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3rd February 2013

DEATH ROW (How I became an Inmate)

Well, here we are on Death Row, no timescale, just a vague time slot before the old Grim Reaper comes-a-knocking for me. I think I came to terms with the seriousness of my condition by looking at Helen’s face collapsing in front of me and seeing her scrambling around frantically in her handbag for uplift (facial scaffolding cream) while talking to the consultant.

After my surgical biopsy at Queens Square Euston, we were sent home, being instructed to return to Addenbrooke’s  Hospital, Cambridge for the results. I was fairly confident that they had made a mistake and there was some magical ‘thing’ they could do.

‘Wait here a moment please’ after leading us to a room. Door opens, a new face appears. ‘Come on in please, take a seat,’ no eye contact….. I glanced at Helen, no response. Then from under the desk she pulls out the biggest sledgehammer and asks me to lay it across her desk. She raises it, writes NUT across my temple in one of those markers and… WHACK. Then, quickly, she says  “Results positive- GMB grade 4, only containment, no cure, no surgery. Terminal.

  • Option 1: Do nothing and it’s 4-6 weeks.
  • Option 2: Short intense treatment, radio/ chemo 4-6 months. 3. 9 month chemo/ radiotherapy if you can handle it = up to 12 months.

The recorded survival of a patient from some village in outer Mongolia, where time stops for 6 months of the year, and if you get there and start treatment the right day and time, and eat the mountain goat’s shit, then you may have a chance!”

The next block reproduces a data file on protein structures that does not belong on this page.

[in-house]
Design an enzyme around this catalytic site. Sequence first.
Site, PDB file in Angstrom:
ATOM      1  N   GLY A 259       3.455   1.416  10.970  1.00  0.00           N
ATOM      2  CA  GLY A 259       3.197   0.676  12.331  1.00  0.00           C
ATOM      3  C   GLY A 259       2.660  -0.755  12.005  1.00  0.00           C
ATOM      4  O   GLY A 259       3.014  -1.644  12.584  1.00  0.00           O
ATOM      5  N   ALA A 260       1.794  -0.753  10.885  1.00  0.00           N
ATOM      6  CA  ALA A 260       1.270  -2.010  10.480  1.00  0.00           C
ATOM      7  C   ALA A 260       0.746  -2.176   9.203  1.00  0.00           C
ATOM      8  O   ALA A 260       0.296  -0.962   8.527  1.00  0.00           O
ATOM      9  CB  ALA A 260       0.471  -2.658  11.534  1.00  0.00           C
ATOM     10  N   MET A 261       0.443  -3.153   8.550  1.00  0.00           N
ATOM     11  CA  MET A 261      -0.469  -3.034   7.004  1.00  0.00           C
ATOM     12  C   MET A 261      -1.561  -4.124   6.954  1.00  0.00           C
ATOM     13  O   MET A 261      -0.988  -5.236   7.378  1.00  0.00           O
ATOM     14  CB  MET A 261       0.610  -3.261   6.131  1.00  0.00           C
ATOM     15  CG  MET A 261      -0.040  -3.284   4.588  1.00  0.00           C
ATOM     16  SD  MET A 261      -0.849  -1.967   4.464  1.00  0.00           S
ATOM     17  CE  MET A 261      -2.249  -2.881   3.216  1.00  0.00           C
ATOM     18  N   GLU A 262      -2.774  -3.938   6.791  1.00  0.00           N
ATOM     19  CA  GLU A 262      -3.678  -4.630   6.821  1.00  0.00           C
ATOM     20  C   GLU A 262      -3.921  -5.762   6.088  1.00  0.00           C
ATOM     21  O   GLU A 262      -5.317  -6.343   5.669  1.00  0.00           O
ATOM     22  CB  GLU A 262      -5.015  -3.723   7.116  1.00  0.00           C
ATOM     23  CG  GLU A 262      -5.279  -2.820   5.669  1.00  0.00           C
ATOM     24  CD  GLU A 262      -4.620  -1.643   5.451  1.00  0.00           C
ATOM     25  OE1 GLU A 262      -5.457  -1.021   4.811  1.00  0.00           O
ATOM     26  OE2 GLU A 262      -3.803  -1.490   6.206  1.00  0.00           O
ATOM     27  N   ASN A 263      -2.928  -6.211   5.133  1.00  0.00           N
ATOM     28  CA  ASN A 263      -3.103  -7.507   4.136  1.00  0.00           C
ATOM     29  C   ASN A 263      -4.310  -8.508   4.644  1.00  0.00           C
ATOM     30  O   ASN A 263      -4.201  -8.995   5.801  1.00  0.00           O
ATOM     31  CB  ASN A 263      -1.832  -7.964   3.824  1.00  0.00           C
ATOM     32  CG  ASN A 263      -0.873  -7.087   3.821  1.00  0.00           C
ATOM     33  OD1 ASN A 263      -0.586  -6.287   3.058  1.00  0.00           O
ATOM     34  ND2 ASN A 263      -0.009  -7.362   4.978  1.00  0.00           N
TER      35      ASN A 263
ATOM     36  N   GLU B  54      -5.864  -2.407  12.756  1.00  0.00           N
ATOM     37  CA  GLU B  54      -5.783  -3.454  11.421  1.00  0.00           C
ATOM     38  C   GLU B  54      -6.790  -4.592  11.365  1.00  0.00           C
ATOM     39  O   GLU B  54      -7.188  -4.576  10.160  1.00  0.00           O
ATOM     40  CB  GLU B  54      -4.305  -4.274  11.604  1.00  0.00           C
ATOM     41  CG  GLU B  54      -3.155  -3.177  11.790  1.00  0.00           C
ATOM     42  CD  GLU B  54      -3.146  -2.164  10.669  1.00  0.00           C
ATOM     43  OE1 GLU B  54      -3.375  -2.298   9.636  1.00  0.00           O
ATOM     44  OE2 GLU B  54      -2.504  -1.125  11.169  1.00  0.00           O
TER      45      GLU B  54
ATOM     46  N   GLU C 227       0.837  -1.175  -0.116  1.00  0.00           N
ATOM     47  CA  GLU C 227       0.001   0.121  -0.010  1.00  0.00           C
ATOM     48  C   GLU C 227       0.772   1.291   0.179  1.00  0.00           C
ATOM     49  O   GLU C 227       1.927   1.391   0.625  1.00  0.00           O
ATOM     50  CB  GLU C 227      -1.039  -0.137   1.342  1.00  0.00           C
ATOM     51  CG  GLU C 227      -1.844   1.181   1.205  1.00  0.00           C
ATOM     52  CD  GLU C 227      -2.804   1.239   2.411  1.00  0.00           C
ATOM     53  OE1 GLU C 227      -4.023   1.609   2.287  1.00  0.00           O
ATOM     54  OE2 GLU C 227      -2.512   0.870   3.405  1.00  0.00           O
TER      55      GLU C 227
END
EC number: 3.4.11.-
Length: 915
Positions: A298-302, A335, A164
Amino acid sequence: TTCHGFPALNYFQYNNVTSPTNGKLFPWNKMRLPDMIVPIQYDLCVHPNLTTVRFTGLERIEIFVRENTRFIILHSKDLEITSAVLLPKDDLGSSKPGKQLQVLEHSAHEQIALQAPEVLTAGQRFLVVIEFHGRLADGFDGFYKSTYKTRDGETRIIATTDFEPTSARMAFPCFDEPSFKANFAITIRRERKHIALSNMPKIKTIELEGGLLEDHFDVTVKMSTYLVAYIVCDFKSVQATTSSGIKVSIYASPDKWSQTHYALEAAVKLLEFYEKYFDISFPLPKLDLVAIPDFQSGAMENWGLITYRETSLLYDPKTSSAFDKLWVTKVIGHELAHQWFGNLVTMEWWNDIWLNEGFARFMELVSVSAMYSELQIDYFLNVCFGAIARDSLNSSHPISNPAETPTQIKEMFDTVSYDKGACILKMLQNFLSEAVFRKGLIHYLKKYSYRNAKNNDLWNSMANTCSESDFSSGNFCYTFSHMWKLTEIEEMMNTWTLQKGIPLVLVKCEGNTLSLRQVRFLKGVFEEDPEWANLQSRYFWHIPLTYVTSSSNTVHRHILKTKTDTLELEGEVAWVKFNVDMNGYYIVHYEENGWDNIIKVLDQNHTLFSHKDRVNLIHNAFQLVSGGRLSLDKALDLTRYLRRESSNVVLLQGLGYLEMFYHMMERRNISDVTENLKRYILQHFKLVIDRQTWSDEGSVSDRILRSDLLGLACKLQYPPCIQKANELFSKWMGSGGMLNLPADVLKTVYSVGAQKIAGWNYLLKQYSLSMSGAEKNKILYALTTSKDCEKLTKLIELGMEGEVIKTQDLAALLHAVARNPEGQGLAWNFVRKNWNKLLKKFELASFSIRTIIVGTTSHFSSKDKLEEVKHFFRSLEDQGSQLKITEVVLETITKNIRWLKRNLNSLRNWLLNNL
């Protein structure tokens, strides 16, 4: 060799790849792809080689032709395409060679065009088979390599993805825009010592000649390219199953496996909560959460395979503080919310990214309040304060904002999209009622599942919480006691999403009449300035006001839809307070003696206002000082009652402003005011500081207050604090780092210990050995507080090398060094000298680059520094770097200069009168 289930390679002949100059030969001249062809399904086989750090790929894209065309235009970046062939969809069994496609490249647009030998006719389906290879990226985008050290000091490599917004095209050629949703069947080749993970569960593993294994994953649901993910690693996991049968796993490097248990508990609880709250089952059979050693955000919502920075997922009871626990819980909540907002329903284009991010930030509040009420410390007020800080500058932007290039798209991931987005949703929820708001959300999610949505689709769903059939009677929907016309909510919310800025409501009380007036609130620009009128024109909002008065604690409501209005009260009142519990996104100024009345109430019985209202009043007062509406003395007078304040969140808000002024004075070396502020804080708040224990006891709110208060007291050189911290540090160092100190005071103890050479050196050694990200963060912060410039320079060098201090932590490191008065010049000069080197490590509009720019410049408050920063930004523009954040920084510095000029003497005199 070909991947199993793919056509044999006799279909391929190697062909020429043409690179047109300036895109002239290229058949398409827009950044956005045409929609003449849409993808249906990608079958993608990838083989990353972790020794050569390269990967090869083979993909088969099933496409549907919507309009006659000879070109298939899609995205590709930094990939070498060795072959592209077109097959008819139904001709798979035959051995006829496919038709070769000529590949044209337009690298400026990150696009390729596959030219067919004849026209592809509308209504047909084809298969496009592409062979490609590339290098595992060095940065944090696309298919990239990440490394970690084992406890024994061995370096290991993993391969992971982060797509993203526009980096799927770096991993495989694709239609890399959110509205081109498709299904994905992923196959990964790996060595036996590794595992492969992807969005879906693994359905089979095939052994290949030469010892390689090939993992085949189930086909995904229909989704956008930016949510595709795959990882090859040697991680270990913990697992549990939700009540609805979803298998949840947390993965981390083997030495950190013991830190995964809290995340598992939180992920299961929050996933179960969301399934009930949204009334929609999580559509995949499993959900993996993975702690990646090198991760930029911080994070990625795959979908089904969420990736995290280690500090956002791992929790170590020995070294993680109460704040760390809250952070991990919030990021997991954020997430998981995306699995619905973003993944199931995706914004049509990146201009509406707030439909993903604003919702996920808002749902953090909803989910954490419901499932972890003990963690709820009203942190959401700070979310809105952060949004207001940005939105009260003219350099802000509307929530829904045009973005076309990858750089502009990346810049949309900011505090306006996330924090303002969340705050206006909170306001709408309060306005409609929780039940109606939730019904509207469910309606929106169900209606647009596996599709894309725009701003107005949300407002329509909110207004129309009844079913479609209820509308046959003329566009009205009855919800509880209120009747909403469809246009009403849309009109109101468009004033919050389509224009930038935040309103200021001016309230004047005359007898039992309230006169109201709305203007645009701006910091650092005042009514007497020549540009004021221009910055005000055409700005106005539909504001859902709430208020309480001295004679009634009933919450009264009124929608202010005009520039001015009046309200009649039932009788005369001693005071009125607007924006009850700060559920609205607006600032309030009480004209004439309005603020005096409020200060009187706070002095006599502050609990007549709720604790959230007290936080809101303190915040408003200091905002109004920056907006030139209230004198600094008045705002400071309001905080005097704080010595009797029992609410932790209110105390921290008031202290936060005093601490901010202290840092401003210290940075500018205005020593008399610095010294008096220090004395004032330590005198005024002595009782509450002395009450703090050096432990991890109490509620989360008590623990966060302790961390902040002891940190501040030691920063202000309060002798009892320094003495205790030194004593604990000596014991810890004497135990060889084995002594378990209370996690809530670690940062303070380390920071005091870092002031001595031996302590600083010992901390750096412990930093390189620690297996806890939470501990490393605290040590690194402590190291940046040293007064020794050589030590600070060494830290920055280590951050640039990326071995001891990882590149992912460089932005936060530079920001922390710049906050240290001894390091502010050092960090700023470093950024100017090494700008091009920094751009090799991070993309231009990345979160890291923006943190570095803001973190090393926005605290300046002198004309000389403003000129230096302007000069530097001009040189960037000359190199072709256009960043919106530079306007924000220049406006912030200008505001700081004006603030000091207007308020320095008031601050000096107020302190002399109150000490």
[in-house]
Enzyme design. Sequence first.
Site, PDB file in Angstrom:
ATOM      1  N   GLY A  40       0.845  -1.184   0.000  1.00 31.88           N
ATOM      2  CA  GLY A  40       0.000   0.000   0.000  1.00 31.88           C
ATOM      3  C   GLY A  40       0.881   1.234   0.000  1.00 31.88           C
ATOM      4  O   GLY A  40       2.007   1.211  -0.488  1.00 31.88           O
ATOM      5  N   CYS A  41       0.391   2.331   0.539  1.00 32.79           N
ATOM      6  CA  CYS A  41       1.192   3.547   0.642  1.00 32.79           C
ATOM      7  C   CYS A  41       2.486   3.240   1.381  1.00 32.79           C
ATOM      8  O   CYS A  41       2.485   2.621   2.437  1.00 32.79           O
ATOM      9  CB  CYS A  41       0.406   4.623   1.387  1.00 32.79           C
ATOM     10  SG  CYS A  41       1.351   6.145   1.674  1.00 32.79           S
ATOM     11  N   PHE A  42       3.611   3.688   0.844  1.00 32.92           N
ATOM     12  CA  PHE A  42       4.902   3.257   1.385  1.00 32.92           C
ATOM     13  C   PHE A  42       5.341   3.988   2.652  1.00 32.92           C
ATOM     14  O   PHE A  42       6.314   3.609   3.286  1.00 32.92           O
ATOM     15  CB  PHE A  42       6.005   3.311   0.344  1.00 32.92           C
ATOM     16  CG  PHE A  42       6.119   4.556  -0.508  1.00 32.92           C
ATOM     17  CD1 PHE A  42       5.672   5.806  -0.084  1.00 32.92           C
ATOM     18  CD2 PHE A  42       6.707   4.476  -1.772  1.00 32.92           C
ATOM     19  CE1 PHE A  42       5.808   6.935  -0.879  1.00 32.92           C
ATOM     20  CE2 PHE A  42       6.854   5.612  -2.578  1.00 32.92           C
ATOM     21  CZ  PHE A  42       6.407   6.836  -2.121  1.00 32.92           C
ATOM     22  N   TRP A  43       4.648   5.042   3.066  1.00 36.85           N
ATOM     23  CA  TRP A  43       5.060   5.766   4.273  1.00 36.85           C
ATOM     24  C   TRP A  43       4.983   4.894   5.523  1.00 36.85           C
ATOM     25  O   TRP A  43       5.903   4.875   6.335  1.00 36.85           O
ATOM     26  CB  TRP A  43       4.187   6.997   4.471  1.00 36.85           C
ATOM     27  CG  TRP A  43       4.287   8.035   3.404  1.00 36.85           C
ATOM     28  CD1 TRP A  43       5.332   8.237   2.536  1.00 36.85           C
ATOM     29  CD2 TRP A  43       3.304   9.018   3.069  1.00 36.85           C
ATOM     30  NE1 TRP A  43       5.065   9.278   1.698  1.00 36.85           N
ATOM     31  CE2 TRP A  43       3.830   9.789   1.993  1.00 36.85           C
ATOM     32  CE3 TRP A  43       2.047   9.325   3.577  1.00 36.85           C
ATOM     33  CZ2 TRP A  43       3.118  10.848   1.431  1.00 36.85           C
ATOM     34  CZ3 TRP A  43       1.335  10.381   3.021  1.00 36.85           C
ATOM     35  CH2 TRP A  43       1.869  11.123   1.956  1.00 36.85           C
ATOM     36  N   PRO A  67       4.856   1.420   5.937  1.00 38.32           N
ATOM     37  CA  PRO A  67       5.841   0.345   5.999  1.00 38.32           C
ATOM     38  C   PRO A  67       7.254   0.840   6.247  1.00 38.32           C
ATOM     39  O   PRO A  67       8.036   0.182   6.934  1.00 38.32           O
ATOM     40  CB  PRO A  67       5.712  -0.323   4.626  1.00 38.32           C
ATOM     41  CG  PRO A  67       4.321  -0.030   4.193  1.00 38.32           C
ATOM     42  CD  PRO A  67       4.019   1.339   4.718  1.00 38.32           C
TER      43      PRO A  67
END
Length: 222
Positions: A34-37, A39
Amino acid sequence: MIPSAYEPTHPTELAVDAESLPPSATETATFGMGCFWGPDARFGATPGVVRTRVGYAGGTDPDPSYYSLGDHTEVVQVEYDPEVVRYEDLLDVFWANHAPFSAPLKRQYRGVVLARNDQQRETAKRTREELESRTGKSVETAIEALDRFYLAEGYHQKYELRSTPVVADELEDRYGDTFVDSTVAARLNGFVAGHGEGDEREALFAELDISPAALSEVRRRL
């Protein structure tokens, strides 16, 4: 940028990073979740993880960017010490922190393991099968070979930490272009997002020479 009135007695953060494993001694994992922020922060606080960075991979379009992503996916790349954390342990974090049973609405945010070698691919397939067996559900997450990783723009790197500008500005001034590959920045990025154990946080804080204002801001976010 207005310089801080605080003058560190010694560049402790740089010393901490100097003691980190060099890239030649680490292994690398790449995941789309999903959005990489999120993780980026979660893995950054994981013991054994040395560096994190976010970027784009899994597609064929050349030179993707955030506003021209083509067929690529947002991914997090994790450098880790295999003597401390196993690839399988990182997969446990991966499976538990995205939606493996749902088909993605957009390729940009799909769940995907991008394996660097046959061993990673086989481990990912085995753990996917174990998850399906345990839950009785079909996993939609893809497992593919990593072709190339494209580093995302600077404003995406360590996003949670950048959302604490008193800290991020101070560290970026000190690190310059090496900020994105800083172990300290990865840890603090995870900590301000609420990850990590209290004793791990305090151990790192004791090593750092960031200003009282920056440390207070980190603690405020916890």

So we think about the options for 0.5 of a second and opt for the 9 month plan. I was sure Helen was going to say let’s go for the shortest! At the moment she’s had to put up with months in of my erratic behaviour,: losing things, road rage, mood swings, and now…. I’ve only gone and got a walking stick!

We were asked to give them an hour while they made up my treatment plan. “This is going to take more than an hour” I thought when we got back.  We got everything in boxes, medication, notes etc, etc and as we waited by reception the receptionist looked up and said ‘Mr Smith, here you go’ she passed a single sheet of paper.  ‘Good bye, we will see you on your 1st appointment’ pointing to the top of the sheet!

So my initial Death Row is to be spent at home not hospital!

So, off we trotted looking at the treatment plan. It was radiotherapy Monday-Friday, chemotherapy 7 days a week in the form of a tablet taken at home.

First appointment

I had to get a mask fitted, moulded on my face for the radiotherapy. So first I went  into the moulding room, I was placed flat on my back, legs over a  moulded hump for knee support, head in a dip at the back, clamped down  tight, over face- laser beams criss-crossing, and  markers being put on different places. It was so claustrophobic. That finished, I left the room. On the way I glanced at a mirror; Crikey! I thought.  I looked just like Helen after an intensive pick and squeeze session!

After about a week of this, I was getting a little too confident and strolled into the radiotherapy room, kicked my trainers off, hopped onto the bed, put my feet where my head should have been, arched over the knee support and inching my head along backwards. So there I was, balancing like a see-saw. That was the most pain I’ve had since diagnosis.

The nurses suddenly saw what I’d done and shouted ‘Colin what are you doing?!’ I replied ‘Aargh!”  Well, from that moment on there was laughing and giggling from anyone, even the radiographer behind the glass screen was laughing- they had to give me a good half hour to stop!

Well, looking back on this past week there was not much going on except Chelsea continuing to give away goal leads.

I’ll finish now for the week by thanking everyone who has supported us and the charity. We are creeping towards the target. Keep training hard Tony and Dan and thanks for all your behind the scenes work, Kirstin and for pushing everyone on. And finally, well done to Bootsie for passing the careers refresher course.

Coming up this week for charity:

  • Auction off part of my Chelsea memorabilia. All proceeds to Headcase.
  • Black cab collection at Heathrow airport.